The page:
Un-spun govt data, mixed with Internet technologies, often yields solutions that are instantly rewarding for societies
Forward-thinking governments have been turning to open data as a way of increasing transparency and for adding economic and social value to the information they hold. This is leading to development of new kinds of interaction between the state and the society.
But what is open data? Does open government data (OGD) really matter? What are the big ideas in the current debate and what are the opportunities that lie ahead?
In the developed world, government data includes information on budgets, demographics, education, and public services, typically with geographic and historical detail. The Open Knowledge Definition states that this data is open if it can be freely used, reused and redistributed by anyone. OGD expert David Eaves builds on this: data needs to be findable (clearly published and indexed by search engines), usable (available in a sensible format) and shareable (licensed appropriately).
Tim Berners-Lee, inventor of the World Wide Web and vocal open data advocate, notes the distinction between the carefully curated statistics and messages that governments usually publish and the raw, un-spun source data behind, most of which is never seen. Berners-Lee’s message is to release “raw data now” because raw data made open, as we’ll see, is tremendously useful.
If you find a Website that’s full of public datasets in open, standard formats all licensed to encourage use and innovation, chances are it’s an OGD portal such as the USA’s data.gov or the UK’s data.gov.uk.
By opening up its data, the state is able to improve the way problems are dealt with at a city, state or national level
Freedom to push and right to pull
When discussing government transparency and openness, the freedom of information (FOI) laws usually come to mind. The Open Data Study published as part of the Open Society Foundations’ Transparency and Accountability Initiative, is an excellent primer on the subject as a whole. It can be found on www.soros.org. On FOI laws, the study notes, “There is a gap between initiatives that are based on governments giving out things that they want to give out, and governments creating rights that mean that they give things out all the time that they may be don’t want to give out.”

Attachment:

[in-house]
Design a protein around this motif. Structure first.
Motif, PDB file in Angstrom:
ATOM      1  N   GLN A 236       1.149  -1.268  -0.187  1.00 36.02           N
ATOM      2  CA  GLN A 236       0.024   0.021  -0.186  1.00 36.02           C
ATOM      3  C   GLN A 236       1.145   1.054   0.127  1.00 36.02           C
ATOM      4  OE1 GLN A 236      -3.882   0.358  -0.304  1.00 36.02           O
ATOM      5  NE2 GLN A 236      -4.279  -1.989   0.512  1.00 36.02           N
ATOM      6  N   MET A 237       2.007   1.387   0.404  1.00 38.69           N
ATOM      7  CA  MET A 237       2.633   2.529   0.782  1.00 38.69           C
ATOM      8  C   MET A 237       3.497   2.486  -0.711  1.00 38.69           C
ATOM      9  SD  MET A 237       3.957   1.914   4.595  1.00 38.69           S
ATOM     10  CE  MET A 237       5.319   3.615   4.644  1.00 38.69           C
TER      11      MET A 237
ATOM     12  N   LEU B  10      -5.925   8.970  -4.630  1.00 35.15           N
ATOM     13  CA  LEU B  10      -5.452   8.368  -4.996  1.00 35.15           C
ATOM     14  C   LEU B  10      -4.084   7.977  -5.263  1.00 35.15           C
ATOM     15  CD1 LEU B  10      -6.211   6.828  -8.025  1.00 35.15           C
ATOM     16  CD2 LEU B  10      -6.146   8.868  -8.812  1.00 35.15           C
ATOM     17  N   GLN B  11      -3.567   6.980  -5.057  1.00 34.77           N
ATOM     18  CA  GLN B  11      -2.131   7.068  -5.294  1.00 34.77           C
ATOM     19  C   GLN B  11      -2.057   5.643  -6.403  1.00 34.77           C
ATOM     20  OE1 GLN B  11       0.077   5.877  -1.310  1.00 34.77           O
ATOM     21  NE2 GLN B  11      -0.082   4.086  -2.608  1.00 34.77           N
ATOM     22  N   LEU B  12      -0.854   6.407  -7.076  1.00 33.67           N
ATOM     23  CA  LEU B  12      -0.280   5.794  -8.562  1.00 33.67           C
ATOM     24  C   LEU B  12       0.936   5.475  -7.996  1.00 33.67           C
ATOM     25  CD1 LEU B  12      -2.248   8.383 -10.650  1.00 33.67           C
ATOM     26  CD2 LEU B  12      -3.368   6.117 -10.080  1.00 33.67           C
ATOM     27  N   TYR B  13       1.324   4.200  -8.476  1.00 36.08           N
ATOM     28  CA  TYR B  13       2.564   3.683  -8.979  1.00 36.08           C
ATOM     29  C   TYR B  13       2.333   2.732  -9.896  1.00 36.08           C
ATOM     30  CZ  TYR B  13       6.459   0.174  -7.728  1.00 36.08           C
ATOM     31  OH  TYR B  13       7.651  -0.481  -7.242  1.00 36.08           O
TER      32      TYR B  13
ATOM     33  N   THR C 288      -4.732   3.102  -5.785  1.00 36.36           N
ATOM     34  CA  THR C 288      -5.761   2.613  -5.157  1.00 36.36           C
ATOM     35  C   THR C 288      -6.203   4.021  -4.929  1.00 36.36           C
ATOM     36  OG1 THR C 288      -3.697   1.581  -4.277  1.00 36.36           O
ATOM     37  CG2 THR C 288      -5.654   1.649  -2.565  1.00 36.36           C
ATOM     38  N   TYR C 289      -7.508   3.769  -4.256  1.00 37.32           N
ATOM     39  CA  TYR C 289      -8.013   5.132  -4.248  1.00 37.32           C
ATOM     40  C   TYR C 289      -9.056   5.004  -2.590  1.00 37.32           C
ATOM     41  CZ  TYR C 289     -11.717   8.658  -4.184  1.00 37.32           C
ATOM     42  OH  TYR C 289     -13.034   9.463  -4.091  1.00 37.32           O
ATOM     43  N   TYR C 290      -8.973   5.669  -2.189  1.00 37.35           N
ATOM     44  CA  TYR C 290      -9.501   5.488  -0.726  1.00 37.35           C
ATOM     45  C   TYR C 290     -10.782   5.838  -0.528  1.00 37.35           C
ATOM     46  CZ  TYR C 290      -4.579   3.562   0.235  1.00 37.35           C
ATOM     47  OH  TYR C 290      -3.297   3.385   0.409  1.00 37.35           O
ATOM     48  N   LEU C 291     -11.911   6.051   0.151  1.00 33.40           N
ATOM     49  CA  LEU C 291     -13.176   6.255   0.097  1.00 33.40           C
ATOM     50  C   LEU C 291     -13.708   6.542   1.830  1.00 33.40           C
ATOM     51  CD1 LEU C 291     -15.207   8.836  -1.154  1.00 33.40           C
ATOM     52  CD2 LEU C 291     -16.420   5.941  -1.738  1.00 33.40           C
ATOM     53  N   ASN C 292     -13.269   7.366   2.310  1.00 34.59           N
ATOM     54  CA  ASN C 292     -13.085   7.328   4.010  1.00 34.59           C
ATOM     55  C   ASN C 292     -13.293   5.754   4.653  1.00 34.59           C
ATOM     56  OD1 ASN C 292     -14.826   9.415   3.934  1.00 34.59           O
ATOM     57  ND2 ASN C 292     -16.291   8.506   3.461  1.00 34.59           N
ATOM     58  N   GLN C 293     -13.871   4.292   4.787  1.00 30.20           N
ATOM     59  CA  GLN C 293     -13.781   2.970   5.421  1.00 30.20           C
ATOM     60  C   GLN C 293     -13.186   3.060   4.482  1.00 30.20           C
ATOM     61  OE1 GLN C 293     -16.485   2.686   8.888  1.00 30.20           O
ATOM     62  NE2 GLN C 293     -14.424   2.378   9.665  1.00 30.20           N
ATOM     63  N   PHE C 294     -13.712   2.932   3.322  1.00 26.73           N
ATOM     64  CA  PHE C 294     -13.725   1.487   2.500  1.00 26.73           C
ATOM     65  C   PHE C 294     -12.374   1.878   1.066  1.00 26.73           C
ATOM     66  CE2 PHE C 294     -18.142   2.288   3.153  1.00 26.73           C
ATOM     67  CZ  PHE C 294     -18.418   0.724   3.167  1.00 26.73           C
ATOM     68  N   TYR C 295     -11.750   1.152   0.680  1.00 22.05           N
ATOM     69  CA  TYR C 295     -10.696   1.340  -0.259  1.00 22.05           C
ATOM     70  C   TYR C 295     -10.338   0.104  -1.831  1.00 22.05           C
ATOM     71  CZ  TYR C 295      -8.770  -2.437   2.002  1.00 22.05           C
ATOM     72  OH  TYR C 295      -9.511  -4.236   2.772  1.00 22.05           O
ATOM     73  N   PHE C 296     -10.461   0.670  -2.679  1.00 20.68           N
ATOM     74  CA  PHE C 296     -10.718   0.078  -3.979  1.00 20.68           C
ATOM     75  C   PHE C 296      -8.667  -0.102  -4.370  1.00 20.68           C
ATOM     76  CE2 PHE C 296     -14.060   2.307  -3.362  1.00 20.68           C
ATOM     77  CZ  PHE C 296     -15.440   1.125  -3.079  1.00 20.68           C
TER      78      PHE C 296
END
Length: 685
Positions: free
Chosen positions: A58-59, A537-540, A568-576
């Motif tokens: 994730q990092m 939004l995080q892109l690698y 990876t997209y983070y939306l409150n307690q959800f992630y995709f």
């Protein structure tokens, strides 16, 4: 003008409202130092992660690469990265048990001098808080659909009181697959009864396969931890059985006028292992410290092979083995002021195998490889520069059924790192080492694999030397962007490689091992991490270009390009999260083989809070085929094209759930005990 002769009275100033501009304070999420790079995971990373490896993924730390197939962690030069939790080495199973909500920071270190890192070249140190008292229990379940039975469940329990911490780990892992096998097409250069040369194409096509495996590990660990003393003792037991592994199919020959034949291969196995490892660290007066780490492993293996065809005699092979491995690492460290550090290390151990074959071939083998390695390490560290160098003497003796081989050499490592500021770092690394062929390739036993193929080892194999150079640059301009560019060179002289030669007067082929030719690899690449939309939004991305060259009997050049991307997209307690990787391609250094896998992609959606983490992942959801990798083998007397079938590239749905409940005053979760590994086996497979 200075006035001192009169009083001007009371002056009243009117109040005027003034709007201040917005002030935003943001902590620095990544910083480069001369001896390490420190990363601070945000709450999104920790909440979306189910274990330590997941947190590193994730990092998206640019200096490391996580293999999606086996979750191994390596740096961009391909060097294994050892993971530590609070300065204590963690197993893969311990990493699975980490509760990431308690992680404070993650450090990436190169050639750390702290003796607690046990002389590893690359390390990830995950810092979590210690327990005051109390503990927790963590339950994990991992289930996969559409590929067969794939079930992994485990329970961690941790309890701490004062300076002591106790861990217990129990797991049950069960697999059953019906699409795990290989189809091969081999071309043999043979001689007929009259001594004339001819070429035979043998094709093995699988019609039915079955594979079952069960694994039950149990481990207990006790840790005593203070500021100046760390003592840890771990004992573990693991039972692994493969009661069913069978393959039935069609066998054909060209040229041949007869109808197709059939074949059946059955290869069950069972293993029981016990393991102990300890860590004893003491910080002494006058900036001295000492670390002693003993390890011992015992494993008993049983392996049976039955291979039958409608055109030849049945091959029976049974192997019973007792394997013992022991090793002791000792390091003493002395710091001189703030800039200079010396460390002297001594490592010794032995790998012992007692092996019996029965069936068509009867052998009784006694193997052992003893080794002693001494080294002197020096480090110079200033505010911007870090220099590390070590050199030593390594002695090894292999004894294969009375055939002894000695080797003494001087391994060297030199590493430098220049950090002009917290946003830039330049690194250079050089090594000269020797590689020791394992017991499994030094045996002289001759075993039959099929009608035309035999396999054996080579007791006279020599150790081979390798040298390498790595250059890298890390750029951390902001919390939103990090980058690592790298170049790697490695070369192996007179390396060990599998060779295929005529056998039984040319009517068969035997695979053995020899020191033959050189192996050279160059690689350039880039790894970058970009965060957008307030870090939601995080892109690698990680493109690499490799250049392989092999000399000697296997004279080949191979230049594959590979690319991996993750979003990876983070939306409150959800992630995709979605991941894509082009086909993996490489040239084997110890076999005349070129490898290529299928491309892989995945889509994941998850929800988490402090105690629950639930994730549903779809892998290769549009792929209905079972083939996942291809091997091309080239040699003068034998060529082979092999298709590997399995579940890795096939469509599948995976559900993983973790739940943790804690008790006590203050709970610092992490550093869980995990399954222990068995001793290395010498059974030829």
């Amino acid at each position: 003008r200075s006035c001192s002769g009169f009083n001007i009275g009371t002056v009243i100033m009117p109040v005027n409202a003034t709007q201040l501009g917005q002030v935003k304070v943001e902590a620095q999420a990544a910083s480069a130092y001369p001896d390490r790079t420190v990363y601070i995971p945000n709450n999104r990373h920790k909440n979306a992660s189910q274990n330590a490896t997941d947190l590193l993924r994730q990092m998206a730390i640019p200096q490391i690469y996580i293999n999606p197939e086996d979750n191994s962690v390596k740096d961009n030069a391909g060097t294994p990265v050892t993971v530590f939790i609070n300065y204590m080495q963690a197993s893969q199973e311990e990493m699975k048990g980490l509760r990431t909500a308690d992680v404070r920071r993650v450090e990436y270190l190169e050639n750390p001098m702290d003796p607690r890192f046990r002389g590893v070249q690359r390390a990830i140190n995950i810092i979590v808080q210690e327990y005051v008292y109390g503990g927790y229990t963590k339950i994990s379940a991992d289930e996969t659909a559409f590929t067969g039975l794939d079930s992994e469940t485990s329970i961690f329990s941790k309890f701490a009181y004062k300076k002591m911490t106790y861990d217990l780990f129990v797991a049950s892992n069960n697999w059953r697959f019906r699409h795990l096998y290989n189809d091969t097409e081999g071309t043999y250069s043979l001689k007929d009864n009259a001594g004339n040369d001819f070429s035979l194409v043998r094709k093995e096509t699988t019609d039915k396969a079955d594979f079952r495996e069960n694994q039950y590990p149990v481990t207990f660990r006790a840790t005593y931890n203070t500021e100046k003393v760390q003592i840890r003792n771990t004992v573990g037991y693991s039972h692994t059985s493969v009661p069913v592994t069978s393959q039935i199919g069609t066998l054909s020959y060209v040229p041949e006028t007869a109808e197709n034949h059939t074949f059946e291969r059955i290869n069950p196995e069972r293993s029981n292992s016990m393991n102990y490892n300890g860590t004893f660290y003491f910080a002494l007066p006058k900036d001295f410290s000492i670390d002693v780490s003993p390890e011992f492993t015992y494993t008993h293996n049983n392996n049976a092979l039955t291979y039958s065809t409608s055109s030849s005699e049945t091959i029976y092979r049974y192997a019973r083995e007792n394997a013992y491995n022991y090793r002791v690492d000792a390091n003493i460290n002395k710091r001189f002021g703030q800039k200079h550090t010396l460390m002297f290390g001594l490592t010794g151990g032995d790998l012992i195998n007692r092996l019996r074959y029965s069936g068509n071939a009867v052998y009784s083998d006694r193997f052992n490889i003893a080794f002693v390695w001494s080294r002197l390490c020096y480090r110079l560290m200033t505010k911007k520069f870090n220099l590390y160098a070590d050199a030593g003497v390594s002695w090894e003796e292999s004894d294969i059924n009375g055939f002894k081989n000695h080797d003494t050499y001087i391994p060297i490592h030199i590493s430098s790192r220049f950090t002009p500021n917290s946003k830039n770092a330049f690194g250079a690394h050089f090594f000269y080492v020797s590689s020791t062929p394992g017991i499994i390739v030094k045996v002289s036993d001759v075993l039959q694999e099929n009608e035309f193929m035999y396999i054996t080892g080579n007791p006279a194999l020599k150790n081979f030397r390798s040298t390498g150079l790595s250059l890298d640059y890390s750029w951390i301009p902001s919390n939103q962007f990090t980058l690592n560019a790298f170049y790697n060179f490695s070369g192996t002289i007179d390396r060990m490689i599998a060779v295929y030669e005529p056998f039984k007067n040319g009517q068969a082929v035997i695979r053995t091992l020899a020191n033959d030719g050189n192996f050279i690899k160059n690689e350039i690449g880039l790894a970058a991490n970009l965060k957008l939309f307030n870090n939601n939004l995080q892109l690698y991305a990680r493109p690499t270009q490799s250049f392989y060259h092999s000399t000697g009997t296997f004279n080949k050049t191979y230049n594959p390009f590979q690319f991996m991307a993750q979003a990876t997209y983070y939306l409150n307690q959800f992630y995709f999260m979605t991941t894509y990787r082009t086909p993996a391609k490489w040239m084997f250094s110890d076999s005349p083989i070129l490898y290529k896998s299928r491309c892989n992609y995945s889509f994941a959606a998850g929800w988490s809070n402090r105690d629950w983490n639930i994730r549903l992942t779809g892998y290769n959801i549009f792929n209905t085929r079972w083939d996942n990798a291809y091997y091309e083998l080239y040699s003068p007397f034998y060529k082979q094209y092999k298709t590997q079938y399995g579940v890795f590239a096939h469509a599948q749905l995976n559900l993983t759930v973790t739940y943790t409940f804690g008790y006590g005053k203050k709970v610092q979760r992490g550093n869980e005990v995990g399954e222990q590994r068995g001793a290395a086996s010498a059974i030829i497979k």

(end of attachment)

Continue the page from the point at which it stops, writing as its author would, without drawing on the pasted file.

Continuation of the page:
With FOI, if I want information, I have a legal right to request for it and to expect a response from someone in the government. With open data, there’s typically no legal right, but the government is proactively disclosing data and putting it online in a form that is findable, usable and shareable by anyone at any time. This data is published on OGD portals from the international to the hyper-local level; that’s when the public’s interaction with it begins.
Why does OGD matter?
Opening up government data multiples its economic and social value when it is made freely accessible to the public. This is the heart of Tim O’Reilly’s vision of government as a platform. This idea revolves around the theory that by opening up its data, the state is able to improve the way problems are dealt with at a city, state, national or international level. In this way, the state should be a convener and an enabler of the civic action, that can take place when modern Internet technologies are combined with government-provided data.
Now, even in Europe and North America where OGD initiatives have been making progress for much of the past decade, the idea of government as a platform still seems a little abstract. For those starting to think about OGD, there will immediately be concerns around the risks of releasing data in the first place, and inevitably, reasons for not doing so.
The risks of releasing data
At the CeBIT Australia Gov 2.0 Conference this year, Andrew Scott, the UK’s outgoing Director of Digital Engagement led a workshop that had participants listing the top reasons for not releasing government data. To some, these reasons read more like excuses with readily workable solutions, but any new OGD initiative will need to address the issues they raise. My favourites from the list include: “There’s no business case,” “We’re unsure about data quality,” “They can FOI it” and “It’s not in a useful format.” Let’s consider these for a moment.